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Summer lawn care


Summer is a stressful period for lawns in the Canadian climate. Home lawns are made up of cool season grasses which thrive when temperatures are cool and go through a dormancy period in the heat of the summer. Having a healthy lawn in preparation for this stressful period is the key to successful summer lawn care. Summer is the time to sit back and relax, for both you and your lawn.

Drought stress is the biggest potential problem for home lawns in the summer. Other problems are grubs, chinch bugs, crabgrass and other weed invasion. Making the lawn more drought-tolerant will also help to prevent these other problems. A drought-tolerant lawn has a deep root system, is grown on a soil which is constantly replenished with organic matter and has a 3/4 - 1 inch layer of thatch. These conditions take a bit of planning and preparation.

Ideally, the first step in summer lawn care is to fertilize the previous fall after the grass stops growing. The best fertilizer to use would contain a high quantity of controlled release nitrogen, preferably in the form of IBDU (look for this on the fertilizer labels). This nitrogen will be picked up by the roots and be stored for future use. Fall nitrogen applications have been proven to make grass more drought-tolerant. The fertilizer should also have a high potassium content. Potassium makes the grass hardier and more tolerant of cold weather injury. Fall fertilization is the most important application.

In late spring, the grass is still actively growing, but has slowed slightly from the madness of early spring. Fertilizing now will provide the nutrients the grass needs to sustain itself through the summer months.

Lawns should not be fertilized in the summer because there is a higher risk of fertilizer burn. With limited moisture in the soil, fertilizer salts are likely to injure grass roots. Anyway, grasses are mostly dormant in the summer and will not pick up applied nutrients.

Good quality lawn fertilizers will contain a portion of controlled release nitrogen which will extend the feeding period for 8-12 weeks. Fertilizer applications are more effective and efficient when applied during active root growth. The combination of proper timing and us of the extended release fertilizers will eliminate the need to fertilize in the summer months.

Proper mowing practices are important components to lawn care. When the grass is actively growing, mowing should be frequent and the grass can be kept quite short. Never remove more than 40% of the growing shoots at once. If the lawn was left for too long before cutting, raise the mowing height. Lower the mowing height and cut again after 2 or 3 days.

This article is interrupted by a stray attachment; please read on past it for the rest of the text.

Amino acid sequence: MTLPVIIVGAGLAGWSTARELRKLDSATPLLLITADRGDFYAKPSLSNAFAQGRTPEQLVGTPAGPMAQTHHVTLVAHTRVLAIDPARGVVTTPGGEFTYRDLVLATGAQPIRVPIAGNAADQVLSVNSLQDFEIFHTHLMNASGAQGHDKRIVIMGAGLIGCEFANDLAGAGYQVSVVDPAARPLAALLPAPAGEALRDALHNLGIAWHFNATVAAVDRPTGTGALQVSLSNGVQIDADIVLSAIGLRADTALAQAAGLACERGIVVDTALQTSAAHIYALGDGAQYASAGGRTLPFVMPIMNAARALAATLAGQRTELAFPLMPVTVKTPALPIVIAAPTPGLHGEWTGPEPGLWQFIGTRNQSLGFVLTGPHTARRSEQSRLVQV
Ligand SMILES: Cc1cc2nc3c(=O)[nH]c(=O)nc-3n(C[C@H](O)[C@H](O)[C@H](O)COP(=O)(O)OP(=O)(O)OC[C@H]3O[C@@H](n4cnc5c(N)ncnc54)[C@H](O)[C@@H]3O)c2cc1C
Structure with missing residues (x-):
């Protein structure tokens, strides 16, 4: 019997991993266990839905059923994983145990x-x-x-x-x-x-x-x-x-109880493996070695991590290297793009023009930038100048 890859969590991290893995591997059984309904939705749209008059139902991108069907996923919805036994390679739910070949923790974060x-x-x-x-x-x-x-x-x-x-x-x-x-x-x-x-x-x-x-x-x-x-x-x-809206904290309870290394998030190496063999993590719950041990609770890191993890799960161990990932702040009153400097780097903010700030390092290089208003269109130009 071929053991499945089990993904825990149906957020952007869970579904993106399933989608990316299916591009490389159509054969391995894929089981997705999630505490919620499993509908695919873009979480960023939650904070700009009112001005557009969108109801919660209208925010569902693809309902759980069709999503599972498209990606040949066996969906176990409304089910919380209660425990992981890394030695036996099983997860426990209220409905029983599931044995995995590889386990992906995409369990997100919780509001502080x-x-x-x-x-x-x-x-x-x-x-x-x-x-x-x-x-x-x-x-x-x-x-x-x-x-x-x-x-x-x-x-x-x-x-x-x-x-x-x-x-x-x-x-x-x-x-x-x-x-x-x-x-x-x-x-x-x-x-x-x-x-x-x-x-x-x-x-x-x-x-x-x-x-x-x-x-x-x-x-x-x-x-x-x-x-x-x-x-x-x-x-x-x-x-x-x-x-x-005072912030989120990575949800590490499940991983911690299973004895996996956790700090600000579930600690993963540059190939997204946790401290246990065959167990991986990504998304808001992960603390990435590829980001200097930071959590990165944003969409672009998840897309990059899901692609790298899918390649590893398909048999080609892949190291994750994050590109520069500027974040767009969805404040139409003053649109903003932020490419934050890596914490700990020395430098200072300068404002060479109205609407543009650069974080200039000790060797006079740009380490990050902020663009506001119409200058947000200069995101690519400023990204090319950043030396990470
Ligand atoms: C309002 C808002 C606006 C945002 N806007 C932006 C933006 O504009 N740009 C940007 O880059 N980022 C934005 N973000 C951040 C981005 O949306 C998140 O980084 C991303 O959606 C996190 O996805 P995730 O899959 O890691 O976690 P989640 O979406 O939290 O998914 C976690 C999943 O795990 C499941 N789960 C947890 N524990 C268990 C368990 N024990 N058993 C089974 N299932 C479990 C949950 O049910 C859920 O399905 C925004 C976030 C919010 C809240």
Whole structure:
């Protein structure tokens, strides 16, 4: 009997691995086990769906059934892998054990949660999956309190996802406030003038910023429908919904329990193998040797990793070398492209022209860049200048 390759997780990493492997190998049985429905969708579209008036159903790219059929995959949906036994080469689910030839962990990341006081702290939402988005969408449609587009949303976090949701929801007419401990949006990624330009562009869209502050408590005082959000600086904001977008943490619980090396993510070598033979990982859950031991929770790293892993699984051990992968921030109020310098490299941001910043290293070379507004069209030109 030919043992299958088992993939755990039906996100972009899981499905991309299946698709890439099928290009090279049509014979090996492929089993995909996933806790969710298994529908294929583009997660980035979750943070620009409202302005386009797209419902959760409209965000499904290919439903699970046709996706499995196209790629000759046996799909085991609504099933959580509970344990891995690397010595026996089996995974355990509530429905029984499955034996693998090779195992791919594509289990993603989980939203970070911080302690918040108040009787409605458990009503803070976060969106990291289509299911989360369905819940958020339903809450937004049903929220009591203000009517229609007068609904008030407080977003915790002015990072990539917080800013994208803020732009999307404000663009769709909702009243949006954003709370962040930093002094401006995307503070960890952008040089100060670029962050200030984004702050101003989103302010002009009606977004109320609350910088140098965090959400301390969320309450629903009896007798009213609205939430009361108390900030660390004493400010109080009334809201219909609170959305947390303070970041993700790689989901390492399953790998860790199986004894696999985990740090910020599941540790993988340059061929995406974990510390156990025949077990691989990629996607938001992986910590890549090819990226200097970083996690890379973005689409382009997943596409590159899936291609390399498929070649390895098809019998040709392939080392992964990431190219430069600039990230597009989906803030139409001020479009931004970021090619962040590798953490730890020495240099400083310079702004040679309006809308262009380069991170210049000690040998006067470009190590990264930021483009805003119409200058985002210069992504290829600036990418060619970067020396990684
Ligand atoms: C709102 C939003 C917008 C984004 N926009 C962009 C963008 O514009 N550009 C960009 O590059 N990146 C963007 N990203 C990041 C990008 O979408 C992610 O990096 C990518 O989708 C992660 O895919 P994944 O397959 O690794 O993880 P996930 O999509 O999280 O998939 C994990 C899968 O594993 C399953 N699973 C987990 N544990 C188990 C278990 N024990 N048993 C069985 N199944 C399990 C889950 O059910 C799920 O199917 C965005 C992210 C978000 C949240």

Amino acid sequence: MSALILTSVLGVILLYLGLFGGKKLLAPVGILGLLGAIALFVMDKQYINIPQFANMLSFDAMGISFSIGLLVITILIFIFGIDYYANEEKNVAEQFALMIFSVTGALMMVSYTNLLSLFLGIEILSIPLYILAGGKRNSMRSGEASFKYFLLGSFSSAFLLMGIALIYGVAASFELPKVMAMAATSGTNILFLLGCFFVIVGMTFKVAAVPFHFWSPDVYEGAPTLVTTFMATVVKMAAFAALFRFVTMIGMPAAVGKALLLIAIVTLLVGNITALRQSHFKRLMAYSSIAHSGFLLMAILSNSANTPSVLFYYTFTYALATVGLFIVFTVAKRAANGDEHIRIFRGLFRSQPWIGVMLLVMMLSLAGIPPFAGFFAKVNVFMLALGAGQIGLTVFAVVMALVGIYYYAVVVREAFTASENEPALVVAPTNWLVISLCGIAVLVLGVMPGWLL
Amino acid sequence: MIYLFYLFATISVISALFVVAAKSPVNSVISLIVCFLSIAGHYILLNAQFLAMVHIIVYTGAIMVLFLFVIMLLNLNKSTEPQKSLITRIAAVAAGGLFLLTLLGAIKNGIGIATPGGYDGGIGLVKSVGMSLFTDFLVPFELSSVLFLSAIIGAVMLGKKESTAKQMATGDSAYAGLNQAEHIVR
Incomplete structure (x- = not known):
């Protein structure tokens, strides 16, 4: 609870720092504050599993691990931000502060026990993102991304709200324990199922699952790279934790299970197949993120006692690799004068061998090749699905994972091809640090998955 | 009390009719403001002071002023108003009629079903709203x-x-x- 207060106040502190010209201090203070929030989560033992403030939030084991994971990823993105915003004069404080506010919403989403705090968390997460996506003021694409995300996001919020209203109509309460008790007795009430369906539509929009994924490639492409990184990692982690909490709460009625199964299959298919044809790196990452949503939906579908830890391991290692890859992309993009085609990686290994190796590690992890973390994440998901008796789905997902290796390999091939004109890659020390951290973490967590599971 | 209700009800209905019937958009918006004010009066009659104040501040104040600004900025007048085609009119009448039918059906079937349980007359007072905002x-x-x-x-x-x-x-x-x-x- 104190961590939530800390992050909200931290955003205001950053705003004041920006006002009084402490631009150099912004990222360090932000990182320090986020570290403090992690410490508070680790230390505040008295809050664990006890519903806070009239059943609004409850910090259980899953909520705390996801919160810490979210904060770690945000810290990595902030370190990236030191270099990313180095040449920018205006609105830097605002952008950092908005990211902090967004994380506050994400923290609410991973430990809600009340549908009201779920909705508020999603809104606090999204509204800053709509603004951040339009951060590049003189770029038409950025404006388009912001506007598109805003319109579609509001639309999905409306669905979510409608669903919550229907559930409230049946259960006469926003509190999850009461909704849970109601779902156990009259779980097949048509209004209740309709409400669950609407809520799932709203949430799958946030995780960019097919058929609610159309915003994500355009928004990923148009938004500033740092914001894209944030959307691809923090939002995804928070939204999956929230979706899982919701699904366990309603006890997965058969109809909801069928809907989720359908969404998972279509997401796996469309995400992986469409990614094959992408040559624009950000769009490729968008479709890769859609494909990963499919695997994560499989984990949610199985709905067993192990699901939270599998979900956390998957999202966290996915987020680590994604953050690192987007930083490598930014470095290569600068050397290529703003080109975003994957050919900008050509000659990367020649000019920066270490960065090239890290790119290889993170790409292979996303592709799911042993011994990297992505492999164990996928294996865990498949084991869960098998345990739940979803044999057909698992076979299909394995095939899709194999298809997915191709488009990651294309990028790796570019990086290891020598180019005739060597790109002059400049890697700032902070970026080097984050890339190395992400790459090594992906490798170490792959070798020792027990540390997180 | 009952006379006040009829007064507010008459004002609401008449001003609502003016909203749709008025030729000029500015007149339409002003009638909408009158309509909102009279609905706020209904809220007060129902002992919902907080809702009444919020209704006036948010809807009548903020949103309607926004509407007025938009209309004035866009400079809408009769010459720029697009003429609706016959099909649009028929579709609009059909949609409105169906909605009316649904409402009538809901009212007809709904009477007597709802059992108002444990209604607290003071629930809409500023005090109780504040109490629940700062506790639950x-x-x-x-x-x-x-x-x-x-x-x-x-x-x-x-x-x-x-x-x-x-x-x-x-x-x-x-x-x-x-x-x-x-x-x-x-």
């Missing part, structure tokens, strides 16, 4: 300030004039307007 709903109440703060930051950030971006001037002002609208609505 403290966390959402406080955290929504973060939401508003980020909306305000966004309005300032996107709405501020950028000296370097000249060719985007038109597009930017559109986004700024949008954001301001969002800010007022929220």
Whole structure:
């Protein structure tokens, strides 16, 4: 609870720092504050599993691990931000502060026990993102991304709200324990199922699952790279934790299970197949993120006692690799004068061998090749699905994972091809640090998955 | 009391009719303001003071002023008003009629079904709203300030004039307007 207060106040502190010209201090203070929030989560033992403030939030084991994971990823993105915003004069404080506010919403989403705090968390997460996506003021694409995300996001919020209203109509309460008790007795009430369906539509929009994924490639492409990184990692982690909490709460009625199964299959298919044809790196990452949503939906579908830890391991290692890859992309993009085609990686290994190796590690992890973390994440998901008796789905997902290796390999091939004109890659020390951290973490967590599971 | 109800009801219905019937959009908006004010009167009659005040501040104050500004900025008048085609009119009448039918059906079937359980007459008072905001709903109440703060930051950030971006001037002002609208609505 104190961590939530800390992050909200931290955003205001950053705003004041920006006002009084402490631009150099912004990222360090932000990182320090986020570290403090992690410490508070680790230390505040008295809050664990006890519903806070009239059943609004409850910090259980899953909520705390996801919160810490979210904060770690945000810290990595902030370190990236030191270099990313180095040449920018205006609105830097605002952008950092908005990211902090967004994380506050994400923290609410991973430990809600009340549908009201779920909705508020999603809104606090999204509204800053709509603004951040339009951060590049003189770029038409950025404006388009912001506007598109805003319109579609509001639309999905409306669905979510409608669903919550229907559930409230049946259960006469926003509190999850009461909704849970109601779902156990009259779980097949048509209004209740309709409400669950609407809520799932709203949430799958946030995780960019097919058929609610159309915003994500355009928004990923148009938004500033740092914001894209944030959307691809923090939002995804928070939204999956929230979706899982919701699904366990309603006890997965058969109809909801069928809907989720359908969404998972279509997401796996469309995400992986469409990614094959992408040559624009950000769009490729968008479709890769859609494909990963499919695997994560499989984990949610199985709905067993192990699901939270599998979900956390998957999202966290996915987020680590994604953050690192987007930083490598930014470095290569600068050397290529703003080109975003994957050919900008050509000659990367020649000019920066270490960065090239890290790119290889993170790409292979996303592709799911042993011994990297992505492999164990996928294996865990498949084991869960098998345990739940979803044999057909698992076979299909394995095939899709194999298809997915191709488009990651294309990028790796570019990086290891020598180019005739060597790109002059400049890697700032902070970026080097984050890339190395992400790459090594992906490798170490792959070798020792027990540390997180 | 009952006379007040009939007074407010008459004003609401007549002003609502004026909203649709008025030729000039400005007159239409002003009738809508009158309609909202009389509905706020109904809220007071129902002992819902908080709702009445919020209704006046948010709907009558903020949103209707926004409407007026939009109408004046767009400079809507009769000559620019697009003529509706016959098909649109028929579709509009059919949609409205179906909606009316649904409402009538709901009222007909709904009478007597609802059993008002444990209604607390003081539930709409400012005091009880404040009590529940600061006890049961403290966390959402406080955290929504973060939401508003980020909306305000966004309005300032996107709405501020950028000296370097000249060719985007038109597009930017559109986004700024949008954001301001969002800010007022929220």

Home lawns are made up of grasses which can withstand mowing heights as short as 1 inch. Shorter than this and the desirable grasses will die out and be replaced by annual blue grass or other weed grasses. Short mowing heights should only be considered under ideal growing conditions because the shorter the grass, the more stressful for the plant. The best mowing height for home lawns is 2-2.5 inches.

The mowing height should be raised to at least 2.5 inches in the late spring in preparation for the summer. The longer grass will shade the root zone and conserve the moisture in the soil.

Grass clippings should not be removed when mowing. Many power mowers now contain mulching units which mulch the clippings down to fine particles. These fall easily through to the thatch/soil layer and provide a valuable, constant supply of dying organic material. The clippings also contain nutrients which will feed the grass in the future.

Chinch bug and grub damage are unfortunate problems when they arise. They should be treated with insecticides so that you can begin to rebuild your lawn. Re-seeding or sodding the damaged areas is possible in summer but will take a steady supply of water. Root growth will be very poor in the heat, so a full repair will not be possible until the fall.

The most important job with summer lawn care is to sit back with your lemonade and enjoy the fruits of your fall and spring labour. You may need the energy this fall!

Daisy Moore, 1998.




Other summer garden tips:

(click on the tip you want to read)


Extreme Conditions
Growing Roses
Summer Lawn Care
Propogation by Cuttings
Sources of Native Plants
Making Sense of Fertilizer Labels
Annual/Perennial Combinations
Climbing Plants
The Dry Garden
Ornamental Grasses
Chooosing A Good Gardening Book
Companion Planting
Preparing the Compost for Fall Use
Getting the Most out of your Vegetable Garden
Repairing Lawns From Summer Stress
All About Grubs
All About Onions
Useful Herbs for the Home Garden
Screens and Hedges




Home  |  Garden designs  |  Naturalized gardening  |  Help with your garden  |  Garden Tips Spring  Summer  Fall  | Contact Daisy


Daisy Moore 2005